The war on drugs has not significantly reduced the rate of addiction or trafficking. Although drug trafficking is difficult to track, it is easy to identify the use and addiction rates. Rates in usage have had a minimal decrease if they have decreased at all. “By the early 1900s, some 250,000– 500,000 Americans were addicted to cocaine or opiates, according to the Center on Addiction and Substance Abuse,” (Addiction and Substance Abuse: Have the ‘war on drugs’ and the imprisonment of drug offenders been effective in combating addiction and substance abuse in the United States?). In response to this, each president felt the need to write and pass their own drug-related legislation. President Ronald Reagan strongly opposed drug decriminalization and went as far as lengthening mandatory sentencing for drug users. This was one of the first times that critics began to point out the issues with imprisoning drug users, primarily related to flooding the penal system. The amount of non-violent drug users entering the system was putting an extreme strain on government funding. This has been a major concern to political critics ever since Reagan’s law was passed. The number of drug offenders flowing into prisons has never really decreased since the passing of this law. The flooded penal system costs the government millions in tax-payer dollars every year. The flood of drug users entering prisons daily costs the government more than many other programs.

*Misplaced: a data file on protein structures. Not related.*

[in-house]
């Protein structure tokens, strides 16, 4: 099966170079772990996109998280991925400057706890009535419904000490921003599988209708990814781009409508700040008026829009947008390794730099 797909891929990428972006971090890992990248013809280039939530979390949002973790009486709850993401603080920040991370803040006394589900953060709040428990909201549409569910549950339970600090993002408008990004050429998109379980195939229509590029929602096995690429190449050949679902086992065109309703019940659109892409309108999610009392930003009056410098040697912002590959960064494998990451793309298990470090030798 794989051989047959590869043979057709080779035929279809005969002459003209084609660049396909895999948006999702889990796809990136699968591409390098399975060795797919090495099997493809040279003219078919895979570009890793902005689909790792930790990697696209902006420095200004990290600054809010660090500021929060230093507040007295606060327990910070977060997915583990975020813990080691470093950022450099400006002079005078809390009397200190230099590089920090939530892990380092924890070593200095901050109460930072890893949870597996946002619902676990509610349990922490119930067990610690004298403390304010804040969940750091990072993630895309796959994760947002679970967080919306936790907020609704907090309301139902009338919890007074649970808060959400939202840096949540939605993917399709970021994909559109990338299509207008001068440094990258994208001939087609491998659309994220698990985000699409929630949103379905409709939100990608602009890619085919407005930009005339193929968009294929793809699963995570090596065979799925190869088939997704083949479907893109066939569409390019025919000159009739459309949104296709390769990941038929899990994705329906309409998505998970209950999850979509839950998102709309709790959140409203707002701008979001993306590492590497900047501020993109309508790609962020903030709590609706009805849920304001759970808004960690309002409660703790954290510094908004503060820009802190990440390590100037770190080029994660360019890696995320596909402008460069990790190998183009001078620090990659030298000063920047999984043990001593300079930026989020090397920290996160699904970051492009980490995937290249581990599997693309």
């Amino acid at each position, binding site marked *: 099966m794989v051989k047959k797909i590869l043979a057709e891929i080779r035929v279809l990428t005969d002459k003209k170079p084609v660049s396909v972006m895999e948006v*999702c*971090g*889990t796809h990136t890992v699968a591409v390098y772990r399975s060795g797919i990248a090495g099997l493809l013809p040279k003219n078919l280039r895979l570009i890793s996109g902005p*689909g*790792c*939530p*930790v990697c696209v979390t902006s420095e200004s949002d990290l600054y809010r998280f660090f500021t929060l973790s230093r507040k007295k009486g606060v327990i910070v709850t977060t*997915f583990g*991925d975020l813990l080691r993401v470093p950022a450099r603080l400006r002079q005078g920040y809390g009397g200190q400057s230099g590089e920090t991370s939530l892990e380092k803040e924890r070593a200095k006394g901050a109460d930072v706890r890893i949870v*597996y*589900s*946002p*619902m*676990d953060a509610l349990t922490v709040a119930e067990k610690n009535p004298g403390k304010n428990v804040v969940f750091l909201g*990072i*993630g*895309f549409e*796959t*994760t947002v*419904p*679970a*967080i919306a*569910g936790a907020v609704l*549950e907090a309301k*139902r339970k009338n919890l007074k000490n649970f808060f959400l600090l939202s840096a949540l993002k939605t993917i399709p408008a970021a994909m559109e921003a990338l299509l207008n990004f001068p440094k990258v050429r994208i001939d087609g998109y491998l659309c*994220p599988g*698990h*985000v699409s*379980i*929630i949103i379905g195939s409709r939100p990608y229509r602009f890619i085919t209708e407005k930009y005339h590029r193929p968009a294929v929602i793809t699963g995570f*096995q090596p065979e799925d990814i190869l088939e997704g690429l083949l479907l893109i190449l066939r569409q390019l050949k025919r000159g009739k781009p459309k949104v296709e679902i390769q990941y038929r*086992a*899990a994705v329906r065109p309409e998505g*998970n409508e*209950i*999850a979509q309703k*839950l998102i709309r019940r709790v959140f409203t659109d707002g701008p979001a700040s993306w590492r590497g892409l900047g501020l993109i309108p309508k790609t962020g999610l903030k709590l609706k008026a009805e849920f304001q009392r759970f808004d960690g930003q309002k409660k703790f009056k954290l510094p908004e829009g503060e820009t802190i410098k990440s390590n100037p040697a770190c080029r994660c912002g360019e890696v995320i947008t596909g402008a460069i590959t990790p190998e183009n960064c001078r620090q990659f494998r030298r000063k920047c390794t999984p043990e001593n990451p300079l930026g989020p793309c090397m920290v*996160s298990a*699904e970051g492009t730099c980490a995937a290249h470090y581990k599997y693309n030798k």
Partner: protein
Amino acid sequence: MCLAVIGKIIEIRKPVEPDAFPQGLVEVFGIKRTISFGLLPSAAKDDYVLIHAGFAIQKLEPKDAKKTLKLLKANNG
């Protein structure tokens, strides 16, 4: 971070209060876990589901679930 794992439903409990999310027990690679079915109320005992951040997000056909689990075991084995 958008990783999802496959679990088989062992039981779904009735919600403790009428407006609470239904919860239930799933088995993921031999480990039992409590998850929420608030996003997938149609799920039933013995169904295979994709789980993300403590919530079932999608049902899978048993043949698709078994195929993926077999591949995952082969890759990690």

Along with preventing proper rehabilitation, overcrowded prisons are a violation of the basic human rights stated in the Declaration of Independence. The document states, “they [all men and women] are endowed by their Creator with certain unalienable Rights, that among these are Life, Liberty and the pursuit of Happiness”. A recovering addict that is in a prison is forced to go through withdrawal symptoms without being educated on proper coping mechanisms to resist the temptation of returning to the usage of this drug. Being deprived of the privilege of rehabilitation is a direct removal of an individual’s right to pursue happiness. Living a life full of irresistible temptation and public deprecation entierly removes the possibility to pursue happiness. “With just 5% of the world’s population, the U.S. holds 25% of its prisoners” (Prison Overcrowding: Should more prisons be built to house the rapidly growing U.S. prison population?). A quarter of the prisoners in the world come from the United States, this is entirely due to the unjust mandatory minimum sentencing laws related to drugs that have been put into place within America. Statistics show that we have far too many prisoners, this issue must be solved and the penal system’s population must be deflated.